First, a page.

On the final journey to Chatru, I decided to forego tying my shoe with the grip. After the icy river-crossing, my foot was numb and I snuck it into the shoe for warmth and just kept walking. The rocky terrain was cushioned by the shoe, the grip was given by the poles and I limped onwards to the final base camp. The day went eventless, and we finally reached the camp.

We rushed to visit Chandratal where my shoe issues took a back seat thanks to the picturesque Spiti Valley and the beauty of the lake in all its glory.

My realisations after safely completing my trek with a broken shoe

That night we witnessed an evacuation on the mountains (my first such experience) from another team and I realized how unforgiving mountains can be if not treated with respect and how lucky I was and how much the IH team supported me and helped such that I had managed to complete this trek without any incident.

A trek is a challenging affair where you test the limits of your body’s endurance. While spending hours every day, focusing on fitness and slowly gathering all the different things needed for the journey, I paid very little attention to those two pieces of equipment which are perhaps the most important on a high-altitude trek.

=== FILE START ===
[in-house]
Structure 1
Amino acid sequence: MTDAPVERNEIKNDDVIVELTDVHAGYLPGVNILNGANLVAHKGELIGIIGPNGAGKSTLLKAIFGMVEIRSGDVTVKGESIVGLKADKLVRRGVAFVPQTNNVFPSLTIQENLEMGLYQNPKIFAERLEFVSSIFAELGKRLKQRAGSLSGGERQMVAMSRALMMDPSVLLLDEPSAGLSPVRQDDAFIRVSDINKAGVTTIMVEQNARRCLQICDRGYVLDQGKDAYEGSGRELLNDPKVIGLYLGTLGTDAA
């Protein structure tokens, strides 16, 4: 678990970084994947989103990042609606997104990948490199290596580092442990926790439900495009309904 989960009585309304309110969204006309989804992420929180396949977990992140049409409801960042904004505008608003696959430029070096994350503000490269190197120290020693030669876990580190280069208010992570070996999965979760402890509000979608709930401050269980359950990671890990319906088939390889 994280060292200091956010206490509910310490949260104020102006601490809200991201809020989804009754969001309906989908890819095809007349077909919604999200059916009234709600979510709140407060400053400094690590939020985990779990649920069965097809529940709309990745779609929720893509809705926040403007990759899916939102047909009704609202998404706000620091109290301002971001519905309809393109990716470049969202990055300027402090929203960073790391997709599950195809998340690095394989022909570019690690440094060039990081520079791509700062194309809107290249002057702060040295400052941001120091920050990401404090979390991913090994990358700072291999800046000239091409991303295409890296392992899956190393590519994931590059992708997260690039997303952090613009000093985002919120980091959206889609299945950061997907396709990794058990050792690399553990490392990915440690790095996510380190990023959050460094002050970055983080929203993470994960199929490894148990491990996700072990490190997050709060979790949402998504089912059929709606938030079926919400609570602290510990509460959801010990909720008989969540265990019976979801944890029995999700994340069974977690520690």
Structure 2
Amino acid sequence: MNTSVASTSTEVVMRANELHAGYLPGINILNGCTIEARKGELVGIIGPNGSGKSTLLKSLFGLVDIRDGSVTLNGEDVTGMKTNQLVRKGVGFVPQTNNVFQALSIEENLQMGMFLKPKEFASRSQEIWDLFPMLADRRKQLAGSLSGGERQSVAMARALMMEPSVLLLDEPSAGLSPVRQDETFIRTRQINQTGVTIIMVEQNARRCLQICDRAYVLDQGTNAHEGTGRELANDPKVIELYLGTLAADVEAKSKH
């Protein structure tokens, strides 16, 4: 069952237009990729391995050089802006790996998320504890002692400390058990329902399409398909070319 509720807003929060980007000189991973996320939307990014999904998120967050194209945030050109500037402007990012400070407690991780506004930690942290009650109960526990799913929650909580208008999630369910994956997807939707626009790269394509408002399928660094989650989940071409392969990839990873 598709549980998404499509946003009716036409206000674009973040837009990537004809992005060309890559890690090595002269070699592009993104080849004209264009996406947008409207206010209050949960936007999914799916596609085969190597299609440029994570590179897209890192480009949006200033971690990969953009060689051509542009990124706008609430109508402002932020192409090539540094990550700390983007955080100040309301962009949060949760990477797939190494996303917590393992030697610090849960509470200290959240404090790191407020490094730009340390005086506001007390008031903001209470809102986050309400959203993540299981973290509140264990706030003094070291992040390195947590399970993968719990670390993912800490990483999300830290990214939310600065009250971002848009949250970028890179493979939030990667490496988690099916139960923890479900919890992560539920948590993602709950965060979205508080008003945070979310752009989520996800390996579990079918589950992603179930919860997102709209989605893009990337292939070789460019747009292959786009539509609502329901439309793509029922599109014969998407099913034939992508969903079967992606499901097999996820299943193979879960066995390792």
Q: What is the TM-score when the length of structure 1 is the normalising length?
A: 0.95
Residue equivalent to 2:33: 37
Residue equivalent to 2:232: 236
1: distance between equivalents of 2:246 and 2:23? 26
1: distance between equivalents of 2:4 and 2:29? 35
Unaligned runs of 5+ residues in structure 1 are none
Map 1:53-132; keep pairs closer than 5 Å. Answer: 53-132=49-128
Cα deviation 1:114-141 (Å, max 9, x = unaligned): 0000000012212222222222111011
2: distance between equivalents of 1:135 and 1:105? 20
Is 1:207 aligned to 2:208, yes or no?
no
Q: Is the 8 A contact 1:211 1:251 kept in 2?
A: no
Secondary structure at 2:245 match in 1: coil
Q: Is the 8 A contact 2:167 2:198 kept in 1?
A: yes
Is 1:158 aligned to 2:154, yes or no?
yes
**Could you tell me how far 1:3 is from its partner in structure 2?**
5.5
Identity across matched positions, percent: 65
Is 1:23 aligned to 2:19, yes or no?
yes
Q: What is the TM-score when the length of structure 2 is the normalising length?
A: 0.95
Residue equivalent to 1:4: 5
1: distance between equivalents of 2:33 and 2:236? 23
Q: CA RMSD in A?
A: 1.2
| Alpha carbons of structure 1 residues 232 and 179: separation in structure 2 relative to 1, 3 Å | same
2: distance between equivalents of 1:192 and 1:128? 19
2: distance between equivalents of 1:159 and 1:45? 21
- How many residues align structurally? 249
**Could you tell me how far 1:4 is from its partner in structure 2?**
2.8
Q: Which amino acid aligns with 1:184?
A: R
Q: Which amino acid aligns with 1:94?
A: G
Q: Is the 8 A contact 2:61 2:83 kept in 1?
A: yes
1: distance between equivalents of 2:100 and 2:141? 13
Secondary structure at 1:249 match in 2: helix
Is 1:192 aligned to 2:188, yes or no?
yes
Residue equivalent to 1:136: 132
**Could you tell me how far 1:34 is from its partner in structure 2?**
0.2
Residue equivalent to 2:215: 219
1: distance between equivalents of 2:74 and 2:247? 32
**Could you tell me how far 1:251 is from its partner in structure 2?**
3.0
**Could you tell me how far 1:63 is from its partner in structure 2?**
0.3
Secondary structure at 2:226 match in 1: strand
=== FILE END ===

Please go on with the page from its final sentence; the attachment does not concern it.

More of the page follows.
They were relatively new (2 treks old, 2 years), a pair of the high-end produce from a reputed brand and had never failed me on previous treks like Pangarchulla Peak or Buran Ghati where they survived steep climbs, sharp rocky terrain, freezing cold waters of different streams and even stood firm (with microspikes) while cutting their way through ice. Of course, they were taken for granted to survive a slightly easier trek in the form of Hampta Pass. Moreover, from a visual inspection I could see no weaknesses.

One can never predict what is around the corner in the mountains just as I had no clue that my shoes would be my biggest challenge on this trek.

The fact that I could cover an entire trek despite that and the events which transpired because of that damage made this experience much more memorable and fulfilling for me. It gives me more confidence to come back on another trek/expedition to the mountains.

Soham Bal

About the author

Soham is a strategy consultant from IIM Indore. He loves venturing off into the peace and calmness of the mountains trying to decipher the eons of history they've witnessed. Perched on the edge of a valley, absorbing the grandeur of the snow-capped peaks & introspecting about life in nature's lap is his calling.